from Rob Longley of the Toronto Sun,
Since Bernie Parent was minding the net during the Broad Street Bullies era of the mid-seventies, the Flyers haven’t had a sniff of the Stanley Cup and often goaltending was high on the list of explanations.
For the latest act, the team will turn to Martin Biron, who prior to 2007-08 hadn’t even started a playoff game in his nine NHL seasons.
“I’m not a person who gets extremely high or extremely low,” Biron said of the expectations that await. “I try to charge my emotion the right way. I’m not going to go out and say: ‘My confidence is sky high.’ Confidence comes with preparation: The rest falls into place.”
The Toronto Maple Leafs have agreed to terms with highly-touted free agent forward Tyler Bozak from the University of Denver Pioneers, sources tell Sportsnet.
A strong two-way centre, Bozak has been generating league-wide interest since his freshman year with as many as 25 NHL teams trying to get his name on a contract.
continued and a highlight reel of Bozak can be watched below…
from Mike Prisuta of the Pittsburgh Tribune-Review,
They had made it as far as they had a year ago, in part, because of their character and camaraderie.
And they were floundering through much of this season, in part, because their locker-room dynamic had been altered beyond recognition.
That was the theory, at least, until Feb. 15, when general manager Ray Shero began re-inventing the Penguins via a coaching shake-up.
The process continued with roster moves in advance of the March 4 trade deadline that introduced Chris Kunitz, Bill Guerin and Craig Adams into the mix.
And now these new-look Penguins have lost only two games in regulation since mid-February.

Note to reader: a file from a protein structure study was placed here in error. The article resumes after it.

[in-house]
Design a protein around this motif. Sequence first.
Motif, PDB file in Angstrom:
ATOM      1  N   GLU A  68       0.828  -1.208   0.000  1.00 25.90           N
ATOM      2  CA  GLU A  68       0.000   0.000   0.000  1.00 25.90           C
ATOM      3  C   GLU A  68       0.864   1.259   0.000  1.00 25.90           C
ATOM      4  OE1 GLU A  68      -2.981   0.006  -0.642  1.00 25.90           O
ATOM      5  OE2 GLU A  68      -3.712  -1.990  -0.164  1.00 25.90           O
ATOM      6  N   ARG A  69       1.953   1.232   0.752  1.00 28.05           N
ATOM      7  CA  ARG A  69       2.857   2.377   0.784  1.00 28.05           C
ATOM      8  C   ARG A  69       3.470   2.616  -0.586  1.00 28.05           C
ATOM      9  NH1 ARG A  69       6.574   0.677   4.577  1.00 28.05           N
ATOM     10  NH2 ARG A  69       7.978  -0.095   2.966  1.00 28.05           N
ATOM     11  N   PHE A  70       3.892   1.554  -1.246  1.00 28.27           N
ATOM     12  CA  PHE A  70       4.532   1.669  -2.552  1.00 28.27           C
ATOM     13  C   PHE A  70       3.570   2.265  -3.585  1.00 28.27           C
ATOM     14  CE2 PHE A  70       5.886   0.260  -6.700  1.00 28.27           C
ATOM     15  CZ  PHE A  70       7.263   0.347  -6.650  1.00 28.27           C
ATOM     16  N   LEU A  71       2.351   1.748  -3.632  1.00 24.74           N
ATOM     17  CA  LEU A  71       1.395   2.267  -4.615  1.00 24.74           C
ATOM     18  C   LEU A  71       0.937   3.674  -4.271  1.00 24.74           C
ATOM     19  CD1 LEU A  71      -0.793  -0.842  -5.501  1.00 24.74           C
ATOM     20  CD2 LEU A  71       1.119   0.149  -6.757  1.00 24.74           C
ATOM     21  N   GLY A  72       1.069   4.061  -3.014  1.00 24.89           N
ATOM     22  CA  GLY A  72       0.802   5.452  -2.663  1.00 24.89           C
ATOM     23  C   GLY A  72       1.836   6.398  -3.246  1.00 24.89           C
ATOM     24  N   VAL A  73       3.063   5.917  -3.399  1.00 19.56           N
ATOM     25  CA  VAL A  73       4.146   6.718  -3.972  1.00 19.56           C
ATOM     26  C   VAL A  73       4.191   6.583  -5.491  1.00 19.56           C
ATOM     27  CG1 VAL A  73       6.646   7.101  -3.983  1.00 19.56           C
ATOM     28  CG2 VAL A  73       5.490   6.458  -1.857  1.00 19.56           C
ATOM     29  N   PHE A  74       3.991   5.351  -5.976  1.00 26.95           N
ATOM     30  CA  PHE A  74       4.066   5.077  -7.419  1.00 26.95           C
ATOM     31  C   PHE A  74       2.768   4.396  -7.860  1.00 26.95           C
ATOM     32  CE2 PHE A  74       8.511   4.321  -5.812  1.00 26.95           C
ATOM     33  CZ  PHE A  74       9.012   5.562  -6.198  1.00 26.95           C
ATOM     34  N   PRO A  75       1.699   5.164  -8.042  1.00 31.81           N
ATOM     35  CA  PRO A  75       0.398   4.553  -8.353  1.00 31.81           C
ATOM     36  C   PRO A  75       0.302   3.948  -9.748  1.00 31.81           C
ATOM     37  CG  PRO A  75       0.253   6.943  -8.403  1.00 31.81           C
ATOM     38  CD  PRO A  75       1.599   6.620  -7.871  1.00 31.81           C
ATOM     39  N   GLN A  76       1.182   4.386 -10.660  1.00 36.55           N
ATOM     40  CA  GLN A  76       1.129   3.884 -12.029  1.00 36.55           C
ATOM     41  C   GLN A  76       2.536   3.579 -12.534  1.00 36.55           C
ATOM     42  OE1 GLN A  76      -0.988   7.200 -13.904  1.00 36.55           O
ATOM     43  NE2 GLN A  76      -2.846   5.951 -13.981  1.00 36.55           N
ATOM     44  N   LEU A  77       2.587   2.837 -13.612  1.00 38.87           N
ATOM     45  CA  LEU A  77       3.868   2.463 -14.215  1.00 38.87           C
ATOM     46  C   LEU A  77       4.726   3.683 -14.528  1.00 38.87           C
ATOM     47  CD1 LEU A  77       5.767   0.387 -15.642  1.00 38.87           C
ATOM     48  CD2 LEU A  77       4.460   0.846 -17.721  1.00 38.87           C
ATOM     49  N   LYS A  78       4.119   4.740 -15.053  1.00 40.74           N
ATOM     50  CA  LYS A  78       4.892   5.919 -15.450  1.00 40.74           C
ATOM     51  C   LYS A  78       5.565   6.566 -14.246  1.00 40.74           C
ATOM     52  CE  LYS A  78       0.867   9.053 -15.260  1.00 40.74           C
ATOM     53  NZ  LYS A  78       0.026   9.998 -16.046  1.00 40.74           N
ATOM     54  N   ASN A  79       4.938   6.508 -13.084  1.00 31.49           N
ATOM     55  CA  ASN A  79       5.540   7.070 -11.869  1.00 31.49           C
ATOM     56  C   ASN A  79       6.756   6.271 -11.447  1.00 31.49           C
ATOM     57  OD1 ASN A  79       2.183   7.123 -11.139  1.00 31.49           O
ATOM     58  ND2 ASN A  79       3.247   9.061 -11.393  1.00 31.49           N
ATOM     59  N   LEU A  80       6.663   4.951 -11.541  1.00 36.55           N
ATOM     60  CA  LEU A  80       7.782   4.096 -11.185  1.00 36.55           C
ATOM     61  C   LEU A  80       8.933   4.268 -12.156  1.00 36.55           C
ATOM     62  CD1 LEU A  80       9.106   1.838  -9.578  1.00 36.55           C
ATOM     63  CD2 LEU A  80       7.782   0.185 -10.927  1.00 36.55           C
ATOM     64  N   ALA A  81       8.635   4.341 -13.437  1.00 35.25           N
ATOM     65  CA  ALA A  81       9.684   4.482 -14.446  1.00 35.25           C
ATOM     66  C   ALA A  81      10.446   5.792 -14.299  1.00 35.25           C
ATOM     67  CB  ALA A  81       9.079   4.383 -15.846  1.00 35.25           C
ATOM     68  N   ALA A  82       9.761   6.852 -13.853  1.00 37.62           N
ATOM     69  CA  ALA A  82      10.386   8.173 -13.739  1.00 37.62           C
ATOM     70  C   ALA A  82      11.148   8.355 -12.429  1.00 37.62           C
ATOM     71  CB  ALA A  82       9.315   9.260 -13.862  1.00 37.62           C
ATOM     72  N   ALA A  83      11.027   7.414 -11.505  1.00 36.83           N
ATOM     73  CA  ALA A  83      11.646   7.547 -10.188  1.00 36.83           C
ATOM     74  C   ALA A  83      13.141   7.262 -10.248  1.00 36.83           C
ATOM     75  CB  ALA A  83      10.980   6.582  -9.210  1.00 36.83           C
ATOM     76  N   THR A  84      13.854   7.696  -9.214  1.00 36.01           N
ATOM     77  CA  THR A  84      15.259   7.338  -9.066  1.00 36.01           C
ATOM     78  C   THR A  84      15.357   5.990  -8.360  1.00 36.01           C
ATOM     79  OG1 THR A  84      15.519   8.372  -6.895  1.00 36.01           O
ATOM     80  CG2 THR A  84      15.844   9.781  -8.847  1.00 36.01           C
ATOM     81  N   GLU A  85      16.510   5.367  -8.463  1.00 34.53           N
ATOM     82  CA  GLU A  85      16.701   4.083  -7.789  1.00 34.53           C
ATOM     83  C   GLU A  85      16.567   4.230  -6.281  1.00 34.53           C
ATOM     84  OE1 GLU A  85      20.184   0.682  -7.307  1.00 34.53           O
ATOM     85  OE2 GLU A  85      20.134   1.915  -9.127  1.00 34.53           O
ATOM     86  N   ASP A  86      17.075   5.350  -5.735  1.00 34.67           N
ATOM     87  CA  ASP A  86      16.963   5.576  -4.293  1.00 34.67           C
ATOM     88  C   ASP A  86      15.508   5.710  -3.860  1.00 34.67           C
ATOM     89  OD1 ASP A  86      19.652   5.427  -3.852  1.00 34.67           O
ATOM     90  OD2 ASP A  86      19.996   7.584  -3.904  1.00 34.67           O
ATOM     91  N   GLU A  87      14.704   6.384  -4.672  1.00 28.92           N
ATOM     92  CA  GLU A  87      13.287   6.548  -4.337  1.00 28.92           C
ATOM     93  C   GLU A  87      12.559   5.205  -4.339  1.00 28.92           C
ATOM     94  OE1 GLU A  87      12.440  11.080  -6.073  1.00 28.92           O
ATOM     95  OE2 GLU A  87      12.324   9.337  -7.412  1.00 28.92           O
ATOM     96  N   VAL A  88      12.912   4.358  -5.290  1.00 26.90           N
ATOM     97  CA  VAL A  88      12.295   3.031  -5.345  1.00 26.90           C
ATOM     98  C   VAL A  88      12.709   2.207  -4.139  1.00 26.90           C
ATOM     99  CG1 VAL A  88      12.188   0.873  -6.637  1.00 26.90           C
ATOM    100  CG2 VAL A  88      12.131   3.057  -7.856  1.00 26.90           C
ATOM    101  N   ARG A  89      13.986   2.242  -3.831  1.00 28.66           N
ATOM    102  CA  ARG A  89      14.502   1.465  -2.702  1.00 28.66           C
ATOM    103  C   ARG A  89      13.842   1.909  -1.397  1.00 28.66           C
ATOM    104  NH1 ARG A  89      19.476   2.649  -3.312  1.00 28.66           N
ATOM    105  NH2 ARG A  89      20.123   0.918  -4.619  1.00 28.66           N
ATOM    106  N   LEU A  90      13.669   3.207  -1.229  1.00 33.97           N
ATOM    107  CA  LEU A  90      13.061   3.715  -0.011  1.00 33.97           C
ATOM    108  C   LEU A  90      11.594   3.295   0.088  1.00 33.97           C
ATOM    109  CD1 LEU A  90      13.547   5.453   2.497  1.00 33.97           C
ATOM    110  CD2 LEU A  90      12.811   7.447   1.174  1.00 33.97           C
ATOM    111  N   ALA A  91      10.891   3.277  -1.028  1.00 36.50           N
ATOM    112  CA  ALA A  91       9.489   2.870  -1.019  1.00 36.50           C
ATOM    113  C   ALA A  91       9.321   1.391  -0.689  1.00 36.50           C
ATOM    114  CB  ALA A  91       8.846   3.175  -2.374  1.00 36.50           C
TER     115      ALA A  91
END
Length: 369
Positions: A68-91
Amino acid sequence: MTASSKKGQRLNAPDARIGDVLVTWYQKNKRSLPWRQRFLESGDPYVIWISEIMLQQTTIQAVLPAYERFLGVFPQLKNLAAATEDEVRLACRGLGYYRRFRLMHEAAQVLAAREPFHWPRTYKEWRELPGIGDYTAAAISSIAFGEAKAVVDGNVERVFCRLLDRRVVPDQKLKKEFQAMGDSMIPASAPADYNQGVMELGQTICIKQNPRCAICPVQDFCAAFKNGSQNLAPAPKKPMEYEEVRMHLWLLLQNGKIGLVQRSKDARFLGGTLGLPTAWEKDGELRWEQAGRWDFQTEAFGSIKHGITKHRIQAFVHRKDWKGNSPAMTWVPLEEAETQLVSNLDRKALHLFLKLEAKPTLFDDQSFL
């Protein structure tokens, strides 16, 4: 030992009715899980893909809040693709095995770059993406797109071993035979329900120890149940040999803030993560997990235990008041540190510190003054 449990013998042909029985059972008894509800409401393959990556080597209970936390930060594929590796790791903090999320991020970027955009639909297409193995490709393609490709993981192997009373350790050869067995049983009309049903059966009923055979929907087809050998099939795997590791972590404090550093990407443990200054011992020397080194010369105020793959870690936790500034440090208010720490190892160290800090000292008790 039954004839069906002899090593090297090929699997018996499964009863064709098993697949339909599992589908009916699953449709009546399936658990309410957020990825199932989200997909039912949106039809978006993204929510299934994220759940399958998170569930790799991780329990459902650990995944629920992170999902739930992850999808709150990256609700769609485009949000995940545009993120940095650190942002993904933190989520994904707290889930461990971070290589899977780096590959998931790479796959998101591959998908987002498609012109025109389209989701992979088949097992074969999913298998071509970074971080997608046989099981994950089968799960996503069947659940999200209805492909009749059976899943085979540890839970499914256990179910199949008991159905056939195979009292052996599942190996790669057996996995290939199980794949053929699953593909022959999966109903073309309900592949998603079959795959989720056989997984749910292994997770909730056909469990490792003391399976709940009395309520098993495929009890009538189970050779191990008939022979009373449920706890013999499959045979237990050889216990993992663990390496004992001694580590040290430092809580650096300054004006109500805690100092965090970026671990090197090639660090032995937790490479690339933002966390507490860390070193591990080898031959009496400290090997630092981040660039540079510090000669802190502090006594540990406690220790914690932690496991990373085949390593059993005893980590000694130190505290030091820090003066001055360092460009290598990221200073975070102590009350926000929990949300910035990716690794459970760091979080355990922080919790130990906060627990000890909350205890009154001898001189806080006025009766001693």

All of a sudden, they’re passing chemistry with flying colors.
from Kevin Paul Dupont of the Bruins Blog at the Boston Globe,
Tim Thomas, in net for Boston’s 50th win of the season last night, yesterday agreed to a multi-year contract that will keep him with the Bruins for at least three more seasons.
According to a source familiar with the negotiations, the deal will pay the 34-year-old backstop approximately the $5.2 million-a-year earned by New Jersey’s Martin Brodeur, age 36, who last month became the game’s all-time winningest goalie.
from Ben Kuzma of The White Towel at the Vancouver Province,
The full-moon phase in the Vancouver sky is still a week away.
It only seemed like it arrived early Thursday because there were too many weird occurrences on full display at GM Place.
Long before Corey Perry scored in the shootout to provide the Anaheim Ducks with a 6-5 shootout win over the Canucks to end Vancouver’s franchise record home-ice win streak at 11 games — a result that still clinched a playoff spot and allowed the locals to retain a share of the Northwest Division lead — there was wackiness.
Good goals. Bad goals. Hard hits. Soft coverage. Three fights. Two great Daniel Sedin scoring chances in overtime. And, oh yeah, one big fish.
continued and watch the game hightlights below…
“I don’t know what happened there. Kind of one of those games where you black out and then next thing you know, people are patting you on the back.
“A great effort by a few of my linemates, setting me up on goals, and a great team effort there at the end to clamp down against a team that never gave up against us.”
-David Backes of the St. Louis Blues after his 4 goal performance last night. More on the Blues win from Jeremy Rutherford of the St. Louis Post-Dispatch.
About Kukla's Korner Hockey
Paul Kukla founded Kukla’s Korner in 2005 and the site has since become the must-read site on the ‘net for all the latest happenings around the NHL.